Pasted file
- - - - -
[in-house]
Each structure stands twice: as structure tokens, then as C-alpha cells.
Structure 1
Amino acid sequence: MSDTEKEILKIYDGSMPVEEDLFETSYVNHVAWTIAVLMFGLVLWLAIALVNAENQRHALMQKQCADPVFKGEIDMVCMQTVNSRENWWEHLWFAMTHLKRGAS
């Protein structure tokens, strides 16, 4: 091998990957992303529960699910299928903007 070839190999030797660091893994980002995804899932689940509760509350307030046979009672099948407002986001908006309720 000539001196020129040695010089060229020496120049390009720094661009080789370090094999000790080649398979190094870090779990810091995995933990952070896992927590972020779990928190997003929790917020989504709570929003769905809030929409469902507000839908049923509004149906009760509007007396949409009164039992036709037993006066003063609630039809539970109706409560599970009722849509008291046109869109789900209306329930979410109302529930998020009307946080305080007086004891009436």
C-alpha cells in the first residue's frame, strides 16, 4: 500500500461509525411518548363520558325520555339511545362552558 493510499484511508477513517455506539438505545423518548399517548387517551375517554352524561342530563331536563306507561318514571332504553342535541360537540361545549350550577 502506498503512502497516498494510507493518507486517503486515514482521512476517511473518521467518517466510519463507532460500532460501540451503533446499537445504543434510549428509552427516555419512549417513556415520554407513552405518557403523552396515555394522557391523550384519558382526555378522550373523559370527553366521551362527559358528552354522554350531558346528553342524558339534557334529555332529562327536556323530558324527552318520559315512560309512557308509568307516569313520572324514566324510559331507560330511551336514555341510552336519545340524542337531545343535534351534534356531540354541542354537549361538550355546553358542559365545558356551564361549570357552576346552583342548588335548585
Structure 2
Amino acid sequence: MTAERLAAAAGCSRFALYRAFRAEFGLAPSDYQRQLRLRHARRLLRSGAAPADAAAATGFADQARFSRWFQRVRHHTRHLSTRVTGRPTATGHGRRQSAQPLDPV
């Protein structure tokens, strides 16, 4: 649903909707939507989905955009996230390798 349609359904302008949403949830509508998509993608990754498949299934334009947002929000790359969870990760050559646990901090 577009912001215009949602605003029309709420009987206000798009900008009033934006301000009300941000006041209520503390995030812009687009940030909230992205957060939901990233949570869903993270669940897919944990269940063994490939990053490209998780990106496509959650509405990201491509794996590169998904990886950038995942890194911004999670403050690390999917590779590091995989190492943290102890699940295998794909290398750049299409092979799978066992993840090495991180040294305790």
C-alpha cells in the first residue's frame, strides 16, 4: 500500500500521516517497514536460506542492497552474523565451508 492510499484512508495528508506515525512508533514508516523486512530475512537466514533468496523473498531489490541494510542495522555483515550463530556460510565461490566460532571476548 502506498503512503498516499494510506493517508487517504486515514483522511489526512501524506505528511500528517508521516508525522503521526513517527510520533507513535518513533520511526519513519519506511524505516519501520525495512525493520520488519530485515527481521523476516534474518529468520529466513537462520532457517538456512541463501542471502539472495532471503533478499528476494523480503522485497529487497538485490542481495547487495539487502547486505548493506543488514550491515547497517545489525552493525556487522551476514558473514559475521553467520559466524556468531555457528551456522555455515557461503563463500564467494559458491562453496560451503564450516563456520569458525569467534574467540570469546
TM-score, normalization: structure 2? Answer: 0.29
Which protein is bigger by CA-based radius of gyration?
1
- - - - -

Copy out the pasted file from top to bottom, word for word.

[in-house]
Each structure stands twice: as structure tokens, then as C-alpha cells.
Structure 1
Amino acid sequence: MSDTEKEILKIYDGSMPVEEDLFETSYVNHVAWTIAVLMFGLVLWLAIALVNAENQRHALMQKQCADPVFKGEIDMVCMQTVNSRENWWEHLWFAMTHLKRGAS
């Protein structure tokens, strides 16, 4: 091998990957992303529960699910299928903007 070839190999030797660091893994980002995804899932689940509760509350307030046979009672099948407002986001908006309720 000539001196020129040695010089060229020496120049390009720094661009080789370090094999000790080649398979190094870090779990810091995995933990952070896992927590972020779990928190997003929790917020989504709570929003769905809030929409469902507000839908049923509004149906009760509007007396949409009164039992036709037993006066003063609630039809539970109706409560599970009722849509008291046109869109789900209306329930979410109302529930998020009307946080305080007086004891009436």
C-alpha cells in the first residue's frame, strides 16, 4: 500500500461509525411518548363520558325520555339511545362552558 493510499484511508477513517455506539438505545423518548399517548387517551375517554352524561342530563331536563306507561318514571332504553342535541360537540361545549350550577 502506498503512502497516498494510507493518507486517503486515514482521512476517511473518521467518517466510519463507532460500532460501540451503533446499537445504543434510549428509552427516555419512549417513556415520554407513552405518557403523552396515555394522557391523550384519558382526555378522550373523559370527553366521551362527559358528552354522554350531558346528553342524558339534557334529555332529562327536556323530558324527552318520559315512560309512557308509568307516569313520572324514566324510559331507560330511551336514555341510552336519545340524542337531545343535534351534534356531540354541542354537549361538550355546553358542559365545558356551564361549570357552576346552583342548588335548585
Structure 2
Amino acid sequence: MTAERLAAAAGCSRFALYRAFRAEFGLAPSDYQRQLRLRHARRLLRSGAAPADAAAATGFADQARFSRWFQRVRHHTRHLSTRVTGRPTATGHGRRQSAQPLDPV
């Protein structure tokens, strides 16, 4: 649903909707939507989905955009996230390798 349609359904302008949403949830509508998509993608990754498949299934334009947002929000790359969870990760050559646990901090 577009912001215009949602605003029309709420009987206000798009900008009033934006301000009300941000006041209520503390995030812009687009940030909230992205957060939901990233949570869903993270669940897919944990269940063994490939990053490209998780990106496509959650509405990201491509794996590169998904990886950038995942890194911004999670403050690390999917590779590091995989190492943290102890699940295998794909290398750049299409092979799978066992993840090495991180040294305790």
C-alpha cells in the first residue's frame, strides 16, 4: 500500500500521516517497514536460506542492497552474523565451508 492510499484512508495528508506515525512508533514508516523486512530475512537466514533468496523473498531489490541494510542495522555483515550463530556460510565461490566460532571476548 502506498503512503498516499494510506493517508487517504486515514483522511489526512501524506505528511500528517508521516508525522503521526513517527510520533507513535518513533520511526519513519519506511524505516519501520525495512525493520520488519530485515527481521523476516534474518529468520529466513537462520532457517538456512541463501542471502539472495532471503533478499528476494523480503522485497529487497538485490542481495547487495539487502547486505548493506543488514550491515547497517545489525552493525556487522551476514558473514559475521553467520559466524556468531555457528551456522555455515557461503563463500564467494559458491562453496560451503564450516563456520569458525569467534574467540570469546
TM-score, normalization: structure 2? Answer: 0.29
Which protein is bigger by CA-based radius of gyration?
1